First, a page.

An attempt to model beta and assess systematic risk was the subject of another
using RavenPack news analytics, which made use of the platform’s entity and event detection capabilities to identify events such as earnings releases and FOMC announcements.
The news data highlighted how stock betas deviated considerably from their initial values at the time of FOMC announcements as shown in the chart below.
How news sentiment compares to other means of forecasting beta was the subject of a
in which researchers pitted sentiment against 80 other variables for predicting systematic company risk. A horse race between models ended with the news-based model coming out on top.
Though traditionally seen as a cast-iron guarantee, the reputation of bonds has suffered in recent years due to the sovereign debt crisis of 2012, suggesting methods for assessing risk remain pertinent.
A major source of volatility stems from the relative illiquidity of bond markets given the often large trade sizes. The ability to time liquidity is, therefore, crucial in avoiding adverse market movements and reducing risk.
Thankfully, news sentiment can warn of volatility to come, according to
by Jiang et al, which found there exists a negative correlation between news flow and adverse market movements.
One cause stipulated was the rebalancing of a high default level of information asymmetry between so-called informed and uninformed investors during periods of high news volume - with the release of firm-level news alleviating this asymmetry.
Other research has looked at how news sentiment can be used to assess country risk in the sovereign bond market.
by Erlwein-Sayer showed that the inclusion of variables from news enhanced the forecasting accuracy of sovereign bond risk.
The study took the sovereign bonds spreads of five European countries and showed how incorporating news sentiment from relevant entities and macro-economic topics improved the prediction of spread changes.
A further conclusion was that news sentiment was more effective in less stable compared to more stable economies.
Credit ratings lost credibility after failing to alert holders to risk during the great financial crisis of 08/09. A flawed rating can lead to an inaccurate assessment of the creditworthiness of either a company or nation. Research indicates news analytics can help in this regard, providing greater transparency and accuracy to ratings produced by the oligopoly of the ‘big three’ ratings agencies.
by Bonsall et al showed that companies with greater news coverage tended to benefit from more accurate ratings. Greater news coverage also led investors to better rate the creditworthiness of institutions and had a positive feedback effect inducing ratings agencies to improve the accuracy of their ratings.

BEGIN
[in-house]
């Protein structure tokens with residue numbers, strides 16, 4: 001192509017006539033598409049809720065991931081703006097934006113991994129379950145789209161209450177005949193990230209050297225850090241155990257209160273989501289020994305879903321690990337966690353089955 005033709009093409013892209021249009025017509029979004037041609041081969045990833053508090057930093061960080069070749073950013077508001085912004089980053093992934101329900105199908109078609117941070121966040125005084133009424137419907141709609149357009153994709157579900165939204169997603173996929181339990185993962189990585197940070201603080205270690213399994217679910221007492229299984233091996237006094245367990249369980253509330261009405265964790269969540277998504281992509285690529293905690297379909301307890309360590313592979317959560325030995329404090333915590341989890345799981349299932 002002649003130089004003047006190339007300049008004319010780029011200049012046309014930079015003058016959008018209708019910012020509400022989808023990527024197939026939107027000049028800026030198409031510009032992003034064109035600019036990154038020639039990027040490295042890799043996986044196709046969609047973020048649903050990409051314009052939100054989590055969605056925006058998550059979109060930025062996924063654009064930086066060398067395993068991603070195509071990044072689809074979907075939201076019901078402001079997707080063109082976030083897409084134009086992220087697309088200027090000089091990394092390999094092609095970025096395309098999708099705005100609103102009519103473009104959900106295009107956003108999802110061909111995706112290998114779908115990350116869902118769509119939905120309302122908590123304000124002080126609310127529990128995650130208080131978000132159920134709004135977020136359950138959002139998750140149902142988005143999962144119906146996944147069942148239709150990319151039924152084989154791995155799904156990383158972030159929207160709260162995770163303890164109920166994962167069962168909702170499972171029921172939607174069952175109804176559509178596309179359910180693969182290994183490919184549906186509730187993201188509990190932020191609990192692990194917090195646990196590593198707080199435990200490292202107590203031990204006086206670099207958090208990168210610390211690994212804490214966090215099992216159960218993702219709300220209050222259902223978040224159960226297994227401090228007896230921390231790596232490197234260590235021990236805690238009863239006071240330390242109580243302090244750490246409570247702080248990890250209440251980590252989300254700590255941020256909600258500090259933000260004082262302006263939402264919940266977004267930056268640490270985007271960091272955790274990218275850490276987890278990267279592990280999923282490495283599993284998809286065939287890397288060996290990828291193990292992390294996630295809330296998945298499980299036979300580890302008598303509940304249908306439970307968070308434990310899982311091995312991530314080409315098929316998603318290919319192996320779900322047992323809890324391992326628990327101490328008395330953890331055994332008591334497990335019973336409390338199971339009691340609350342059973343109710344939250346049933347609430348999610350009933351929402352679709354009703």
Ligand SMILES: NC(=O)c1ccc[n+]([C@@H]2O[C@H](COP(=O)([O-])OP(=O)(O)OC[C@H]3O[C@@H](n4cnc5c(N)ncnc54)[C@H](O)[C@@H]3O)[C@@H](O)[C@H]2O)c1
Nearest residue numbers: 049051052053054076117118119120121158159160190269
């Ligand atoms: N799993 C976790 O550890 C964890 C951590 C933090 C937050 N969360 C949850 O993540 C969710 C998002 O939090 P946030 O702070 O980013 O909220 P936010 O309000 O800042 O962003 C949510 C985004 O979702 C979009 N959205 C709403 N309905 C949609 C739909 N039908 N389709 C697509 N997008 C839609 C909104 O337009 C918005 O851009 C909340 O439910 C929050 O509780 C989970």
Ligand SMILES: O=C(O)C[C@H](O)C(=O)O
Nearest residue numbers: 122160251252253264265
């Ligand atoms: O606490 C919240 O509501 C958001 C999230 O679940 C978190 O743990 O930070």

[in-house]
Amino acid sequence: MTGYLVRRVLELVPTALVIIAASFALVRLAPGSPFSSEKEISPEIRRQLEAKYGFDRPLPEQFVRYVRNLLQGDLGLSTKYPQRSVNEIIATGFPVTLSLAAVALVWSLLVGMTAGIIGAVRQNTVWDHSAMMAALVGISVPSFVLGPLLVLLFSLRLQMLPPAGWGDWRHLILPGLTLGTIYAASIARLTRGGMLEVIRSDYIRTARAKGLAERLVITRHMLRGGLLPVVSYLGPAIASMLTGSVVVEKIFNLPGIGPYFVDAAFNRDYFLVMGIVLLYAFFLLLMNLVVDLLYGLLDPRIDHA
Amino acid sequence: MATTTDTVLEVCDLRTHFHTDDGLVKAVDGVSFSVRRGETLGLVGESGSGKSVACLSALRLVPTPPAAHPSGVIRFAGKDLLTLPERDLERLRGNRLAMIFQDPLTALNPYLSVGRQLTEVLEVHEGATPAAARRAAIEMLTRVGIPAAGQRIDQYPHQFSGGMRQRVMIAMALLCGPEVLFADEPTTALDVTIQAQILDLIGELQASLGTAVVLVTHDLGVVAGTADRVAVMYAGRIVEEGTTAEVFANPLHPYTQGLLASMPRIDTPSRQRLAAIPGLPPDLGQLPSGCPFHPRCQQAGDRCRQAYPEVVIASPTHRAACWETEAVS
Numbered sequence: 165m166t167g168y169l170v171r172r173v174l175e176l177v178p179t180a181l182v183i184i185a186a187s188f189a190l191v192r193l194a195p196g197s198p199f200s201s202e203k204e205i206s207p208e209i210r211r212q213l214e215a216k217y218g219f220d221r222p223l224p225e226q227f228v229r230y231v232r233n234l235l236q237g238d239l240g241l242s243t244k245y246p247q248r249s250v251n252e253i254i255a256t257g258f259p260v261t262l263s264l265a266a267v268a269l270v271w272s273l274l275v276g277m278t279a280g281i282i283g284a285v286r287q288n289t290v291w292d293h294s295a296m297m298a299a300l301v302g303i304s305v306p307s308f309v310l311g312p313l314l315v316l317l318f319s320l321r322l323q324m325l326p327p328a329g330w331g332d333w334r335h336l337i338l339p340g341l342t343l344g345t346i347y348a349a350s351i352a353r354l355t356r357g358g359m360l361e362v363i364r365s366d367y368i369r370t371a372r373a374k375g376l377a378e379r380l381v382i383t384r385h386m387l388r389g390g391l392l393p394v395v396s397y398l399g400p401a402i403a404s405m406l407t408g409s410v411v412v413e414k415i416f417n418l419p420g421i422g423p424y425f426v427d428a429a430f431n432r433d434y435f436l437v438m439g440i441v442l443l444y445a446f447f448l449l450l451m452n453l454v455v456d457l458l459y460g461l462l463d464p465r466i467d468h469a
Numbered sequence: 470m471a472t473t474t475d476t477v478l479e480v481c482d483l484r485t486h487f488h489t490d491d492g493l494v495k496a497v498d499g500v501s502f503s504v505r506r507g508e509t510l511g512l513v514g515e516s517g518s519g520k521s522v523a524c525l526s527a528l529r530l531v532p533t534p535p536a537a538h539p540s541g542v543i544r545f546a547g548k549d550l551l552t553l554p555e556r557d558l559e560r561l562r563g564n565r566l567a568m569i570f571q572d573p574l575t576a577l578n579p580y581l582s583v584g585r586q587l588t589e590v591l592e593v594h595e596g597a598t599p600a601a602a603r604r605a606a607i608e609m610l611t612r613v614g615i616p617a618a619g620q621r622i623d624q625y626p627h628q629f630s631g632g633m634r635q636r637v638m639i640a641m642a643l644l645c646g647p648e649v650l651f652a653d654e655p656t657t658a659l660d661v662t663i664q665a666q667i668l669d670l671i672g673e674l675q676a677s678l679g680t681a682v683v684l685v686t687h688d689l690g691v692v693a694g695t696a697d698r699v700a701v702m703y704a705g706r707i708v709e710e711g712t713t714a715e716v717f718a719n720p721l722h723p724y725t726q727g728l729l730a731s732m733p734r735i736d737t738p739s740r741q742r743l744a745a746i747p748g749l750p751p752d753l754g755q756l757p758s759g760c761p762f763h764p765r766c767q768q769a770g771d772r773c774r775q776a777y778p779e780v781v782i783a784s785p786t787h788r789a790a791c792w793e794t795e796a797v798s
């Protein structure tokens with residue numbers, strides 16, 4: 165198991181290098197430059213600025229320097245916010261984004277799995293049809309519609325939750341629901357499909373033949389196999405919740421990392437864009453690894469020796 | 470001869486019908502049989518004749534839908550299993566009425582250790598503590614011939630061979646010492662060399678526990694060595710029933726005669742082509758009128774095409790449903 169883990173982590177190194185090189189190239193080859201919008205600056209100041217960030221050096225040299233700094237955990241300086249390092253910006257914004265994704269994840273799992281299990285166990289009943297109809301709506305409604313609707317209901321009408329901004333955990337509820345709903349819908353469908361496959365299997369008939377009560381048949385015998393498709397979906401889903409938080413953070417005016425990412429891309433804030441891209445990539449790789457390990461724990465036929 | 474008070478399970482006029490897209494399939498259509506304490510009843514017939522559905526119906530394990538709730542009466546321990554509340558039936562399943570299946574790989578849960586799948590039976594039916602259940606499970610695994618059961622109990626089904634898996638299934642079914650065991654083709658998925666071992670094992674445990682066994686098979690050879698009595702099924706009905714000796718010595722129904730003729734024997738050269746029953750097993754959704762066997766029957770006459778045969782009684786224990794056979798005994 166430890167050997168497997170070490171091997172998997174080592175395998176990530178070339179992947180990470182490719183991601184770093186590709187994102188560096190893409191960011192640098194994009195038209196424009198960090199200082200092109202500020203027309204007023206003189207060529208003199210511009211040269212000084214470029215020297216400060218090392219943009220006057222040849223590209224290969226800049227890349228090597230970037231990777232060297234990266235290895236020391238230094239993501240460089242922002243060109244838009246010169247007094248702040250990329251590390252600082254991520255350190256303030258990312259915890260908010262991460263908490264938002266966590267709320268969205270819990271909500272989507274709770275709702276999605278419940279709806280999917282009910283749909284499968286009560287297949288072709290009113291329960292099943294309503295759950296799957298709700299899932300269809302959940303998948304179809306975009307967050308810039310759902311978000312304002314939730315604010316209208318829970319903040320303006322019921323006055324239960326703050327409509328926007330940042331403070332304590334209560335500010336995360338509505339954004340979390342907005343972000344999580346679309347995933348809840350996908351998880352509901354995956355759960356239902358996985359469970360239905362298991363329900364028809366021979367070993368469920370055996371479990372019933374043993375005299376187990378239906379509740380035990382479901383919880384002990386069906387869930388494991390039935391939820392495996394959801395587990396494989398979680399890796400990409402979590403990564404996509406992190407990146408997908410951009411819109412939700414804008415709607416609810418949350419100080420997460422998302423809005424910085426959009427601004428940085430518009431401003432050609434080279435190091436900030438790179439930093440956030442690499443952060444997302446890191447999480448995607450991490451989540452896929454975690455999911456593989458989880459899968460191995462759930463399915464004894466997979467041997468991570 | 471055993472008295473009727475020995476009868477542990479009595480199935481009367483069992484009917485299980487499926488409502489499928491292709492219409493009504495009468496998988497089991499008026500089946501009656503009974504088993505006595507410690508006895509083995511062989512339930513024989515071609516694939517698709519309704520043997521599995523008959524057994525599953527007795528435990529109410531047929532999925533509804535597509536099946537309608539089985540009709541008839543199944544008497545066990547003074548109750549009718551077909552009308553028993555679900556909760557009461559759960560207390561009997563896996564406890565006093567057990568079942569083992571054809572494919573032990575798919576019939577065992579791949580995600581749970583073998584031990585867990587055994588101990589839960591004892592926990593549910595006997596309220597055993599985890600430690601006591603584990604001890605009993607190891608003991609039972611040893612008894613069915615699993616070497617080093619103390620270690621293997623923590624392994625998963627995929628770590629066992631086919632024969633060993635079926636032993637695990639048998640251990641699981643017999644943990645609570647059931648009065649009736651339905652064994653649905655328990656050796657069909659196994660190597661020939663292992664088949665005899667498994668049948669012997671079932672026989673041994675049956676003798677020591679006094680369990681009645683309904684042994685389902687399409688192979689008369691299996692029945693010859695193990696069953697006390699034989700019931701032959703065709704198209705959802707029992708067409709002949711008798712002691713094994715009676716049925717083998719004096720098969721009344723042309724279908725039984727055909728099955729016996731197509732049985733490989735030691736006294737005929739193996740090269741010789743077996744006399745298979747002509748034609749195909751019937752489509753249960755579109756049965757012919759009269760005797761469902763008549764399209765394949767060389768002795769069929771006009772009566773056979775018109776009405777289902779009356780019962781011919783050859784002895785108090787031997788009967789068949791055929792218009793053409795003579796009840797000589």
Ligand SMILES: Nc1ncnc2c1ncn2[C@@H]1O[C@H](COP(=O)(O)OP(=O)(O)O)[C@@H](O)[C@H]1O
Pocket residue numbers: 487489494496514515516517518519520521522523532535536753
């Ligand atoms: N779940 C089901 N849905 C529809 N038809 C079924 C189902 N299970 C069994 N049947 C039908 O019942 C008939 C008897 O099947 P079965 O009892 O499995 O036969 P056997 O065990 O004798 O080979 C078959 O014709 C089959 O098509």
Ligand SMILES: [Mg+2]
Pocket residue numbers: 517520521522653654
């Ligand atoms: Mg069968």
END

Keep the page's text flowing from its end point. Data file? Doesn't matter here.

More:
Changes to company credit ratings tend to have an impact on the volume and extent of their voluntary disclosures according to
by Basu et al, that made use of RavenPack’s detailed earnings guidance event taxonomy. The study concluded that downgrades tended to lead to more voluntary disclosures and upgrades to less.
The tendency of companies with very poor credit ratings to underperform was the subject of a
by Gao et al. Using the Expected Default Frequency (EDF), a gauge of poor creditworthiness, to rank stocks, they found those in the lowest deciles also tended to exhibit relatively more negative news sentiment and therefore relatively lower returns, suggesting the news could provide a barometer of risk. The cause of low future stock returns was put down to investor overconfidence, in line with a behavioral approach.
Given the high cost of fines and lawsuits, the question of whether a company’s Environmental, Social and Governance (ESG) rating impacts on its ability to pay its debts and therefore its credit-rating has also been the subject of
incorporating RavenPack news sentiment data in its methodology.
Henisz et al used RavenPack’s rich ESG event taxonomy to screen for company material credit events and then cross-referenced these to ESG scores. Their conclusion was that companies with poor ESG scores tended to experience a higher incidence of credit events.
As can be seen from the above research news analytics data provides a rich and varied number of novel approaches to assessing risk - suggesting investors might well be at risk from not taking the opportunity to invest in it!